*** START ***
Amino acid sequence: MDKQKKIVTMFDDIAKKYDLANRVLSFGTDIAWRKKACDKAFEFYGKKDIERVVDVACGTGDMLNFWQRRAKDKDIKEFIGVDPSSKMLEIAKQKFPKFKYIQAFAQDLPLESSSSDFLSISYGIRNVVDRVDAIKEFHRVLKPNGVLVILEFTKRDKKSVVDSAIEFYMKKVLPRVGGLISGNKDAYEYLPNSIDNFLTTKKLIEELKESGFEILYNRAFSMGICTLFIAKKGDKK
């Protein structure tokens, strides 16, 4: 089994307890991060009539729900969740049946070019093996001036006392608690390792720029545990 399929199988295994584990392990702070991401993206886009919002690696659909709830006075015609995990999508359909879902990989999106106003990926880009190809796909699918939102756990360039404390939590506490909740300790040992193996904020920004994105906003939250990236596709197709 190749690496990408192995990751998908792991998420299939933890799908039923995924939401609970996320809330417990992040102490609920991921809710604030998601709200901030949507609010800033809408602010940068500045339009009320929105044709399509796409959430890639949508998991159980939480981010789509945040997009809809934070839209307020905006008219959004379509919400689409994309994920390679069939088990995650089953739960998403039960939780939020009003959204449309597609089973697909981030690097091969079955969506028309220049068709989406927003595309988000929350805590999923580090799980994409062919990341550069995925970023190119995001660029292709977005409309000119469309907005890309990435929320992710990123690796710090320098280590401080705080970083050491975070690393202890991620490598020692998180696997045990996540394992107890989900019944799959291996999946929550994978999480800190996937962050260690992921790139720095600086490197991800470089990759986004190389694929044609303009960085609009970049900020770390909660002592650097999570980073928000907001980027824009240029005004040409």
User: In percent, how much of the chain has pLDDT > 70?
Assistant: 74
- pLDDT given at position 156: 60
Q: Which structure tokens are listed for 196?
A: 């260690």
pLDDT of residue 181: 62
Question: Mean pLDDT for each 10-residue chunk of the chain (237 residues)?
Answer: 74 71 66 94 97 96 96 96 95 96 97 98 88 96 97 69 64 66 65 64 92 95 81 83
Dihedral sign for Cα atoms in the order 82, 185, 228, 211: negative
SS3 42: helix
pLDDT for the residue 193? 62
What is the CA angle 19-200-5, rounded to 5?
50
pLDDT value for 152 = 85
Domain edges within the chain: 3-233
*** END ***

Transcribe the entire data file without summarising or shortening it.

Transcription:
Amino acid sequence: MDKQKKIVTMFDDIAKKYDLANRVLSFGTDIAWRKKACDKAFEFYGKKDIERVVDVACGTGDMLNFWQRRAKDKDIKEFIGVDPSSKMLEIAKQKFPKFKYIQAFAQDLPLESSSSDFLSISYGIRNVVDRVDAIKEFHRVLKPNGVLVILEFTKRDKKSVVDSAIEFYMKKVLPRVGGLISGNKDAYEYLPNSIDNFLTTKKLIEELKESGFEILYNRAFSMGICTLFIAKKGDKK
């Protein structure tokens, strides 16, 4: 089994307890991060009539729900969740049946070019093996001036006392608690390792720029545990 399929199988295994584990392990702070991401993206886009919002690696659909709830006075015609995990999508359909879902990989999106106003990926880009190809796909699918939102756990360039404390939590506490909740300790040992193996904020920004994105906003939250990236596709197709 190749690496990408192995990751998908792991998420299939933890799908039923995924939401609970996320809330417990992040102490609920991921809710604030998601709200901030949507609010800033809408602010940068500045339009009320929105044709399509796409959430890639949508998991159980939480981010789509945040997009809809934070839209307020905006008219959004379509919400689409994309994920390679069939088990995650089953739960998403039960939780939020009003959204449309597609089973697909981030690097091969079955969506028309220049068709989406927003595309988000929350805590999923580090799980994409062919990341550069995925970023190119995001660029292709977005409309000119469309907005890309990435929320992710990123690796710090320098280590401080705080970083050491975070690393202890991620490598020692998180696997045990996540394992107890989900019944799959291996999946929550994978999480800190996937962050260690992921790139720095600086490197991800470089990759986004190389694929044609303009960085609009970049900020770390909660002592650097999570980073928000907001980027824009240029005004040409």
User: In percent, how much of the chain has pLDDT > 70?
Assistant: 74
- pLDDT given at position 156: 60
Q: Which structure tokens are listed for 196?
A: 């260690």
pLDDT of residue 181: 62
Question: Mean pLDDT for each 10-residue chunk of the chain (237 residues)?
Answer: 74 71 66 94 97 96 96 96 95 96 97 98 88 96 97 69 64 66 65 64 92 95 81 83
Dihedral sign for Cα atoms in the order 82, 185, 228, 211: negative
SS3 42: helix
pLDDT for the residue 193? 62
What is the CA angle 19-200-5, rounded to 5?
50
pLDDT value for 152 = 85
Domain edges within the chain: 3-233